[extropy-chat] Real Extropians don't drive SUVs
brian_a_lee at hotmail.com
Wed Aug 18 16:00:04 UTC 2004
Considering demographics, the numbers of people who tow boats (or horses) is
way lower than SUV purchases.
I live in Atlanta and I see tons and tons of SUVs. It ices about once a year
here and a good awd sedan will perform just as well as a hummer in those
Maybe it's dream of towing horses or surviving a nuclear holocost that's
attracting all these SUV buyers.
All of the arguments except towing capacity apply equally to a volvo or bmw
awd wagan as to an SUV.
>From: David Lubkin <extropy at unreasonable.com>
>To: ExI chat list <extropy-chat at lists.extropy.org>
>Subject: RE: [extropy-chat] Real Extropians don't drive SUVs
>Date: Wed, 18 Aug 2004 11:51:46 -0400
>>I acknowledge that that there is a relatively narrow category of
>>driver/utily for which an SUV is basically the perfect car.
>I don't think it's that narrow. For starters, there's a hefty chunk of the
>population that lives, works, or recreates in the frozen north or a rural
>setting, or would otherwise buy a pickup truck with a cab.
>Sub/urban drivers who would not often require SUV features could still
>benefit from them in emergency situations, but some of the gain stems from
>others who are also fleeing being ill-prepared. Were LA to face a calamity
>that not all could survive, I'd rather Natasha have a relative advantage.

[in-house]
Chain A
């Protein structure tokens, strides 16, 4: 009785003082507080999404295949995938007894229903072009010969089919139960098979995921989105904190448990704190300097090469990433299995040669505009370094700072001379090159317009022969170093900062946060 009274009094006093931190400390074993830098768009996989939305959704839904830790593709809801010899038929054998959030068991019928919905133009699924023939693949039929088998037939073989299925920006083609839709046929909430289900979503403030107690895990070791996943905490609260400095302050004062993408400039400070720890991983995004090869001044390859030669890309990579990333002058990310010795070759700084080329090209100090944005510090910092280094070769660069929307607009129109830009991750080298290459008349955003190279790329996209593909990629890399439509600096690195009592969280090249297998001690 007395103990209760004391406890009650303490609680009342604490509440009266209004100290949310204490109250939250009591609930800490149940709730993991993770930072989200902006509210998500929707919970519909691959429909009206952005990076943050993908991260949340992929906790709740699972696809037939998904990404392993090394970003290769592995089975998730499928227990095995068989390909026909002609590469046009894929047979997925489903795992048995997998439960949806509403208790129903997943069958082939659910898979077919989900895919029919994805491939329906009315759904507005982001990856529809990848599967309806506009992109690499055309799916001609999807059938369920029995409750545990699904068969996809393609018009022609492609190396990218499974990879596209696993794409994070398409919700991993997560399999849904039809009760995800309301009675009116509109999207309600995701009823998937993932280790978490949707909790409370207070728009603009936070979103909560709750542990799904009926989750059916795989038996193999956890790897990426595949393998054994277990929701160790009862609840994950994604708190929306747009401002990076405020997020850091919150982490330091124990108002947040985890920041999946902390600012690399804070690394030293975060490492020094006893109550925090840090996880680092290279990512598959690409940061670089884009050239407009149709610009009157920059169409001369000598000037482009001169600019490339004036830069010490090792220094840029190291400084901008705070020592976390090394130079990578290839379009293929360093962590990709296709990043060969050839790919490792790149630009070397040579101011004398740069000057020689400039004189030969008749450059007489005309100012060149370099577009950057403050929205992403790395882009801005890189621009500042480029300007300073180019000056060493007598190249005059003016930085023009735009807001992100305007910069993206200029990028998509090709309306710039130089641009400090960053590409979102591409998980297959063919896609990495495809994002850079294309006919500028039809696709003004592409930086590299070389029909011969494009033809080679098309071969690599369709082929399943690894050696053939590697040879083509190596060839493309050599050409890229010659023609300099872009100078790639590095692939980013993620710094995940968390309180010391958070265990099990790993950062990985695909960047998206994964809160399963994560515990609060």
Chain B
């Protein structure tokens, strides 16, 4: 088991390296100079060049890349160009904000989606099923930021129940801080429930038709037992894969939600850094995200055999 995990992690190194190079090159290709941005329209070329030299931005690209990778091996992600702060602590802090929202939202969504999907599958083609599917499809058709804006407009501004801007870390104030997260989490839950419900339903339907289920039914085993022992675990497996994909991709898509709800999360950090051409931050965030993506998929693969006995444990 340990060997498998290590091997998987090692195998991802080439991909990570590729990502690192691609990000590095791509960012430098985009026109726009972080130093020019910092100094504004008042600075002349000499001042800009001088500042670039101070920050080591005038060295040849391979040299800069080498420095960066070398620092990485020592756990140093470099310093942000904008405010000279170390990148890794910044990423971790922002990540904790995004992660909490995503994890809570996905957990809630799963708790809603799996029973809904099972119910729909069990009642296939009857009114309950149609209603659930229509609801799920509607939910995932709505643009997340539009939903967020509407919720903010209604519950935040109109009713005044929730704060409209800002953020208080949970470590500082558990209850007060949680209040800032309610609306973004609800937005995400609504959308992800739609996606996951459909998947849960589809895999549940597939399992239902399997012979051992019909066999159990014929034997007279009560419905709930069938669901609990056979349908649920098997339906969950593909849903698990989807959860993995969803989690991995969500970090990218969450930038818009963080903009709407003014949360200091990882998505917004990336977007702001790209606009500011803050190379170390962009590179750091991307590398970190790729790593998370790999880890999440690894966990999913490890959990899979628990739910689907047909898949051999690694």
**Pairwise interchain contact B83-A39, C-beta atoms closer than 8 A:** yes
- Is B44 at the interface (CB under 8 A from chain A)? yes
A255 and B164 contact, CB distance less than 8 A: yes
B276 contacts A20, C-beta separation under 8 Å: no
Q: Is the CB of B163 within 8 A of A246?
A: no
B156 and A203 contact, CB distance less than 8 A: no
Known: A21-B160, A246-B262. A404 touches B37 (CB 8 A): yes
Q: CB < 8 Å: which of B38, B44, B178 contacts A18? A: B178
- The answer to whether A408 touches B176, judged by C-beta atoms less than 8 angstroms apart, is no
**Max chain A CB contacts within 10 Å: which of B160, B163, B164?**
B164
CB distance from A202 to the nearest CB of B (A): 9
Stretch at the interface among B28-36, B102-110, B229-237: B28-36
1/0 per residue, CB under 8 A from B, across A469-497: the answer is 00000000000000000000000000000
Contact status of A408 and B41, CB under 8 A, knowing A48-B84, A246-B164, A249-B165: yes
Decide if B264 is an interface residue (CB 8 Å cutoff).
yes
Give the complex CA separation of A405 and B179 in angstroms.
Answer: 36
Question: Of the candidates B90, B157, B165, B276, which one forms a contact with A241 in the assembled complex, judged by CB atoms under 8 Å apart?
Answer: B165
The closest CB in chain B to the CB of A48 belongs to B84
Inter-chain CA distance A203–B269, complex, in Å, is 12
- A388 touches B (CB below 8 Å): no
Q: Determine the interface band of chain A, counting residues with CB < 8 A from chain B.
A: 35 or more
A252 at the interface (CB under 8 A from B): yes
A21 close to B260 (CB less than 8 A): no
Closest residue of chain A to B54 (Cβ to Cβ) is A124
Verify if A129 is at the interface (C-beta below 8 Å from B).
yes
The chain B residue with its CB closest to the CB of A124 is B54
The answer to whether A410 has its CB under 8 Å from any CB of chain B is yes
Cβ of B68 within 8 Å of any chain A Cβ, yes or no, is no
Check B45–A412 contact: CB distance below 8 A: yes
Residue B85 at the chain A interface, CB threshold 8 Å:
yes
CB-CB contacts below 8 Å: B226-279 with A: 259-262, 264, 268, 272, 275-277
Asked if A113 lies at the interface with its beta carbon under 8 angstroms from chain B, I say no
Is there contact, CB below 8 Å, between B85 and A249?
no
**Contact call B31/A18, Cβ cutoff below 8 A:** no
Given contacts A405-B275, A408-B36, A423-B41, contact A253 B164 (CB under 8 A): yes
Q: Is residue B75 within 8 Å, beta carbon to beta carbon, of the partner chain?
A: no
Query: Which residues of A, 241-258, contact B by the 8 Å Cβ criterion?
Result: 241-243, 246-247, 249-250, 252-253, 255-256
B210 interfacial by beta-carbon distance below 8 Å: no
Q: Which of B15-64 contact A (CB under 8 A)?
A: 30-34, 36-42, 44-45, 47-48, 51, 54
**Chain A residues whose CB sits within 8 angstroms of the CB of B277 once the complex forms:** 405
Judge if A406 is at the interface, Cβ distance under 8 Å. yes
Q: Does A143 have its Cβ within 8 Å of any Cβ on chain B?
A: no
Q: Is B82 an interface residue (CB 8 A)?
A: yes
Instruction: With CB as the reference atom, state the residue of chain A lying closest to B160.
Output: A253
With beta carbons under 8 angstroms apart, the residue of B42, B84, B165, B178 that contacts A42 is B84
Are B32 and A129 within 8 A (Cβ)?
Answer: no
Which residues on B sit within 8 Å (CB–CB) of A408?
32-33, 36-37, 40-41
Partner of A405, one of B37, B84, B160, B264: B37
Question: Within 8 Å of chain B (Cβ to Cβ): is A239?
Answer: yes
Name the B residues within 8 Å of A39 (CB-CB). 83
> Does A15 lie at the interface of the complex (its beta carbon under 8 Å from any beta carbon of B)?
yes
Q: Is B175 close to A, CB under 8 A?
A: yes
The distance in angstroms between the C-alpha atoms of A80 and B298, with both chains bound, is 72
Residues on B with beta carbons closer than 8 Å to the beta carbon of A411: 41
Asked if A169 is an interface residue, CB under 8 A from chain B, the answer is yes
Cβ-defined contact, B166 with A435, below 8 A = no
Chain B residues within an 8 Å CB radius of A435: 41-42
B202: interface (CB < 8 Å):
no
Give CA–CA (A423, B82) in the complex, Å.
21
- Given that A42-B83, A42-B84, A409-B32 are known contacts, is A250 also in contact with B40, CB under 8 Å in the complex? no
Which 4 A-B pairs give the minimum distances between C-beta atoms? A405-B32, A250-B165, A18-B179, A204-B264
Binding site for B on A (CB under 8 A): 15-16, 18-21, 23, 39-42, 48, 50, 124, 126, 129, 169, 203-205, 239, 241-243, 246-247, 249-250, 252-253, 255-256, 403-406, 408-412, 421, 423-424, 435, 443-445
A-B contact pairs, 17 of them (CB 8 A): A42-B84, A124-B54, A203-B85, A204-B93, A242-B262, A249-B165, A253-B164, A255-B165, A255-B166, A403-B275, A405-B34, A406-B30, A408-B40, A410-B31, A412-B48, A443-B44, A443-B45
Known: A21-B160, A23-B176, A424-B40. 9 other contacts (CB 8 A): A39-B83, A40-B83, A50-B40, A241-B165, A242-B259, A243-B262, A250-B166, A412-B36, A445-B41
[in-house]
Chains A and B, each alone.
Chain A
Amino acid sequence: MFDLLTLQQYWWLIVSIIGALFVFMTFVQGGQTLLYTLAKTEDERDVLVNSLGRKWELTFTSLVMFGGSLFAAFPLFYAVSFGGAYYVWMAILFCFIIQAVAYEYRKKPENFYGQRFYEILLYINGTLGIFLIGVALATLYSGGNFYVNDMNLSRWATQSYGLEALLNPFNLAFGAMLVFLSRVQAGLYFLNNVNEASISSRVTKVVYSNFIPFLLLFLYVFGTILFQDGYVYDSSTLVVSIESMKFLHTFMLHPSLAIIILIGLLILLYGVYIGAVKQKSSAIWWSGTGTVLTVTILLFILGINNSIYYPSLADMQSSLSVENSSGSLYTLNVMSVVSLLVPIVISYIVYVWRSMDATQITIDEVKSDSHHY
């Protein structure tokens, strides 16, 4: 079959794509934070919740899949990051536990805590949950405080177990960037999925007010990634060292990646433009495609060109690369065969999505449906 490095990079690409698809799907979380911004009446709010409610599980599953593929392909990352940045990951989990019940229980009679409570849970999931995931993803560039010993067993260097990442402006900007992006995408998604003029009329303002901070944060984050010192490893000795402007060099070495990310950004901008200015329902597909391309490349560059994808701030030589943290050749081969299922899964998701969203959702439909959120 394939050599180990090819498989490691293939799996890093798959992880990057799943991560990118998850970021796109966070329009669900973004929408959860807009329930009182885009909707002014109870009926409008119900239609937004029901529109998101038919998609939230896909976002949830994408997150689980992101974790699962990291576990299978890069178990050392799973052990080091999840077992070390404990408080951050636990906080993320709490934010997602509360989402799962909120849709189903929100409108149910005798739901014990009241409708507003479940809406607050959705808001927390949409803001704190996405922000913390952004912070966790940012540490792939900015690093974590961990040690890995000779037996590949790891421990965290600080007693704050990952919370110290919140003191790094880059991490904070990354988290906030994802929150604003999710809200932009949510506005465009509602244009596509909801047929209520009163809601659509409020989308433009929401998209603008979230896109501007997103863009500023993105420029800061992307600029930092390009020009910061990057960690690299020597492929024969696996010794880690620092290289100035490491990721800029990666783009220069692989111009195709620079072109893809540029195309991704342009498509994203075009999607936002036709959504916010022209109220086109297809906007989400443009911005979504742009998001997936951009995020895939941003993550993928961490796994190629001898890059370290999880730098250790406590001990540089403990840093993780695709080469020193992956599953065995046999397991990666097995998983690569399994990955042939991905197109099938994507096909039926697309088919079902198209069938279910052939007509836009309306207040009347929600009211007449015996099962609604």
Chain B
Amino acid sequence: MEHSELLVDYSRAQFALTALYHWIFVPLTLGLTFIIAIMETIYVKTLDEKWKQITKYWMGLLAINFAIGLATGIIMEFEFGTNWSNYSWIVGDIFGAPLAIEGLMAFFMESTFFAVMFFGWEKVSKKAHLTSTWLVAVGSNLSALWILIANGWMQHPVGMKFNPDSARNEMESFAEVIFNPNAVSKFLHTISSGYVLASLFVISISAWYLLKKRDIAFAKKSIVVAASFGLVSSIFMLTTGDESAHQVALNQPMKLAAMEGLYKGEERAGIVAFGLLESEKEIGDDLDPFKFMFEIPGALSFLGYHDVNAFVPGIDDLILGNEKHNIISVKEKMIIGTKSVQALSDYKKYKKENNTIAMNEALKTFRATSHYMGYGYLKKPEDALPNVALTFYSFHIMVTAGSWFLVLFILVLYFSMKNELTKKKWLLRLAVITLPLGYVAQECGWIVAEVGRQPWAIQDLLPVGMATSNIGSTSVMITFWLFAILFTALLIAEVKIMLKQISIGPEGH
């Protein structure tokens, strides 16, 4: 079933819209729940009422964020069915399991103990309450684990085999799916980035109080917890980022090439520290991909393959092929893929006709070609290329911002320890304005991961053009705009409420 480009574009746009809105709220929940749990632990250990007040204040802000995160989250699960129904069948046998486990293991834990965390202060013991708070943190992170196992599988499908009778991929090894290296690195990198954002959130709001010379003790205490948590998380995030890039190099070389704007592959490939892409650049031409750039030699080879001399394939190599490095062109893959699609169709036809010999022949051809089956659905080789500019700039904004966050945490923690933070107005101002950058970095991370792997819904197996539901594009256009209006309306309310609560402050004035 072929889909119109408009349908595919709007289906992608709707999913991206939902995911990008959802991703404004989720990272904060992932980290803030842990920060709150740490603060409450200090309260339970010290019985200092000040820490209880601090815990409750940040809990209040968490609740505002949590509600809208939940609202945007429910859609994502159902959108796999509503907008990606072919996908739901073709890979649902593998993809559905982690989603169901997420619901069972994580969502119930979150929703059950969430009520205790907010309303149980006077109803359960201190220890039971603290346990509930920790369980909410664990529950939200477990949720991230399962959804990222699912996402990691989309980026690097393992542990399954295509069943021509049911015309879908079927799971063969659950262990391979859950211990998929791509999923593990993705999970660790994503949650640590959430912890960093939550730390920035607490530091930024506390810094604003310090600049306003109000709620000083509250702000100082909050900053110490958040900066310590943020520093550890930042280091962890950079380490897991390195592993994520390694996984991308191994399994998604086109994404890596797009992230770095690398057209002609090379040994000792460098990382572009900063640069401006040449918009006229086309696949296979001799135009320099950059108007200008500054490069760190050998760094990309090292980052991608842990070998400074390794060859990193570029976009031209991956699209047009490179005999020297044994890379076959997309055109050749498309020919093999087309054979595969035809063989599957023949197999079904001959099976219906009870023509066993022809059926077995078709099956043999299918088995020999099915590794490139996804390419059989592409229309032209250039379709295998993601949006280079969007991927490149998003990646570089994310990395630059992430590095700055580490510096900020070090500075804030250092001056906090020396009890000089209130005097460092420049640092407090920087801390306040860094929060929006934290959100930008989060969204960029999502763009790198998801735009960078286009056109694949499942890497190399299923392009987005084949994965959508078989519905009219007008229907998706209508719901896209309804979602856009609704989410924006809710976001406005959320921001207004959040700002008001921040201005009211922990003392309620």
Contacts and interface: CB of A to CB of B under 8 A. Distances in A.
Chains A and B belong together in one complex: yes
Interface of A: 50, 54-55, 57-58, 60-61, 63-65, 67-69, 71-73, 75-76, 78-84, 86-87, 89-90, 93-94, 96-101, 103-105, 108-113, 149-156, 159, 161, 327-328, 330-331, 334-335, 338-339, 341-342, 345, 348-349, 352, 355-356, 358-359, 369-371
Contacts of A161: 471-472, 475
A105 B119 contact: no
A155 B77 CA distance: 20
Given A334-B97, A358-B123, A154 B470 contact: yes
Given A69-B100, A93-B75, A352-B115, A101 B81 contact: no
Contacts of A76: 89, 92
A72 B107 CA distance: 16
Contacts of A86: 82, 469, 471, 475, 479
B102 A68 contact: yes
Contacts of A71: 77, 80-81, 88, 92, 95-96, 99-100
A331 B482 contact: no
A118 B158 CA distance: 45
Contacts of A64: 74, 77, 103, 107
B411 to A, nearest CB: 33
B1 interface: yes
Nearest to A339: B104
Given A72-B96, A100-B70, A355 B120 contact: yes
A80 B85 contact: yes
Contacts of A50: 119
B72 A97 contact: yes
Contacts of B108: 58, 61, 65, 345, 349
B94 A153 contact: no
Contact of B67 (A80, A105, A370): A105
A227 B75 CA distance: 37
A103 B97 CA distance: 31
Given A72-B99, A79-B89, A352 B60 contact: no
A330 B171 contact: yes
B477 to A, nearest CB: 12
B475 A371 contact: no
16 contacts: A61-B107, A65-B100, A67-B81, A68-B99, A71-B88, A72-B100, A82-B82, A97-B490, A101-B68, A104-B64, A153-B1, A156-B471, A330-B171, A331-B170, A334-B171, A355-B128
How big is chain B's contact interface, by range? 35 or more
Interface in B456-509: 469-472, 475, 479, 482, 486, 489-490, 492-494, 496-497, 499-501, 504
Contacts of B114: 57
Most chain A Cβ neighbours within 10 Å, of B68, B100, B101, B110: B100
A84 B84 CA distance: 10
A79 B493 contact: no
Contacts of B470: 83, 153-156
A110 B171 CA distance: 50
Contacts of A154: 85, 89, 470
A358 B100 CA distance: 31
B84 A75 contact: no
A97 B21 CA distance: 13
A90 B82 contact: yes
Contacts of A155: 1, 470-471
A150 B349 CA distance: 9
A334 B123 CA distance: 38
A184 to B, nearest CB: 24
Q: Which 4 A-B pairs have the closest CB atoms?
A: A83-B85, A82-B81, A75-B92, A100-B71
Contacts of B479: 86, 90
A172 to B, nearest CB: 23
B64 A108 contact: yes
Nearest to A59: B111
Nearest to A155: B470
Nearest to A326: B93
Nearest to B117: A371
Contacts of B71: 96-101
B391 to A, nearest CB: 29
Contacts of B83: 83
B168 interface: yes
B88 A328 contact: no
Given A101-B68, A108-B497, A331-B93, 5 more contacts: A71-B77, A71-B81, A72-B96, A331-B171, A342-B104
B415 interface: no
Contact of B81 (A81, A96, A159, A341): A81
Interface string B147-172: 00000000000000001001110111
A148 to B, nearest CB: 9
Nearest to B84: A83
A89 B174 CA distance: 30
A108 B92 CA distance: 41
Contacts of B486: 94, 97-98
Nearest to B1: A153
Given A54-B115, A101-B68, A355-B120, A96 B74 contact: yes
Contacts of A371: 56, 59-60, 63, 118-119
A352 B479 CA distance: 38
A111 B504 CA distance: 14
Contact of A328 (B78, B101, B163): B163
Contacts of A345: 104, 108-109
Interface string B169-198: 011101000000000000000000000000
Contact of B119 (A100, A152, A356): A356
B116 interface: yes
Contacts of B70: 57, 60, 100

>>Good design could recapture the supposed safety benefits of the massive
>>traditional SUV's crashworthiness with crush zones.
>Doesn't some of the crashworthiness derive from raw weight? Won't a heavier
>instance of the same design have more crashworthiness than a lighter
>version? I'm recalling homework problems involving momentum and kinetic
>energy in elastic and inelastic collisions.
>>** Hybird Motors. As you point out, this is happening and, ironically,
>>the greater space available in the SUV platform makes them a natural for
>I'd rather see a design that could run on anything that poured or burned.
>Why are diesels rare in consumer vehicles? Why didn't the steam revival
>succeed? (Years back, there was a good article on them in analog. "Steamer
>Time?" by Wallace West, in the 9/1968 issue.)
>>the loss in gross pulling power in getting rid of the heavy, inflexible
>>solid rear axle isn't felt by the soccer moms who never need to tow a
>Many soccer moms have daughters who are into horses. In my married days, we
>had a Suburban to pull a horse trailer. Damn heavy.
>And wouldn't a soccer mom need to tow mobile ICBMs in an "Ungoverned"
>future? I've met a few Second Amendment Sisters who'd be up for it.
>>** Center of Gravity. The first three factors above will naturally lower
>>the center of gravity (the hybrids' placement of their batteries down low
>>in the frame, for instance). Further employment of a little thought to
>>move as many components to the bottom of the design as possible can do
>>this. Even more smarts employed to make an actively-controlled suspension
>>that raises and lowers the vehicle for various modes finishes the C/G
>Some SUVs have this. (As did our 1970 Citroen wagon. It's amusing to see
>car manufacturers touting innovative features, like a second set of
>headlights that are linked to the steering wheel, that we had 30 years
>-- David Lubkin.
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